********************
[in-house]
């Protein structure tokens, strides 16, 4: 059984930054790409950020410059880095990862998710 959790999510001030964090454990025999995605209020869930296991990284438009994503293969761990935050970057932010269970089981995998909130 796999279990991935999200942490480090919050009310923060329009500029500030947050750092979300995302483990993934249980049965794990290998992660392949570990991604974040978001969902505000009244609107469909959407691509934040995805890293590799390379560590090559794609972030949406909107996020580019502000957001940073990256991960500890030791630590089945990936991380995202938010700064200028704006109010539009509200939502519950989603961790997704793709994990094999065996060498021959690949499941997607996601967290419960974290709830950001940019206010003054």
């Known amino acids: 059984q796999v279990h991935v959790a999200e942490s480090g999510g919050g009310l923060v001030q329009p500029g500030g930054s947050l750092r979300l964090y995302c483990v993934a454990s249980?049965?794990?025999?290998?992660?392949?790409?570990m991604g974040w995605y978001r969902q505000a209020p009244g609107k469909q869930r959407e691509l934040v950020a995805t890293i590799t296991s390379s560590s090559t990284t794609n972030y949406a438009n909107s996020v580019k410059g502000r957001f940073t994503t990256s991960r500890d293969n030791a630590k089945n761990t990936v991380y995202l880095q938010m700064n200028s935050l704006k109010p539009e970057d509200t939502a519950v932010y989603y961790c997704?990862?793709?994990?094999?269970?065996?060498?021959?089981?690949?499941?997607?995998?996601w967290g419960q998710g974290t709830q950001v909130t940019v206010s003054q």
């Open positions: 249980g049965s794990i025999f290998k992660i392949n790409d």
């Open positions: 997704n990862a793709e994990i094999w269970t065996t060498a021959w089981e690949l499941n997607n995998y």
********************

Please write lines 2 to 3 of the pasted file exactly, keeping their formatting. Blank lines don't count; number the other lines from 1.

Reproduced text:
């Protein structure tokens, strides 16, 4: 059984930054790409950020410059880095990862998710 959790999510001030964090454990025999995605209020869930296991990284438009994503293969761990935050970057932010269970089981995998909130 796999279990991935999200942490480090919050009310923060329009500029500030947050750092979300995302483990993934249980049965794990290998992660392949570990991604974040978001969902505000009244609107469909959407691509934040995805890293590799390379560590090559794609972030949406909107996020580019502000957001940073990256991960500890030791630590089945990936991380995202938010700064200028704006109010539009509200939502519950989603961790997704793709994990094999065996060498021959690949499941997607996601967290419960974290709830950001940019206010003054």
């Known amino acids: 059984q796999v279990h991935v959790a999200e942490s480090g999510g919050g009310l923060v001030q329009p500029g500030g930054s947050l750092r979300l964090y995302c483990v993934a454990s249980?049965?794990?025999?290998?992660?392949?790409?570990m991604g974040w995605y978001r969902q505000a209020p009244g609107k469909q869930r959407e691509l934040v950020a995805t890293i590799t296991s390379s560590s090559t990284t794609n972030y949406a438009n909107s996020v580019k410059g502000r957001f940073t994503t990256s991960r500890d293969n030791a630590k089945n761990t990936v991380y995202l880095q938010m700064n200028s935050l704006k109010p539009e970057d509200t939502a519950v932010y989603y961790c997704?990862?793709?994990?094999?269970?065996?060498?021959?089981?690949?499941?997607?995998?996601w967290g419960q998710g974290t709830q950001v909130t940019v206010s003054q």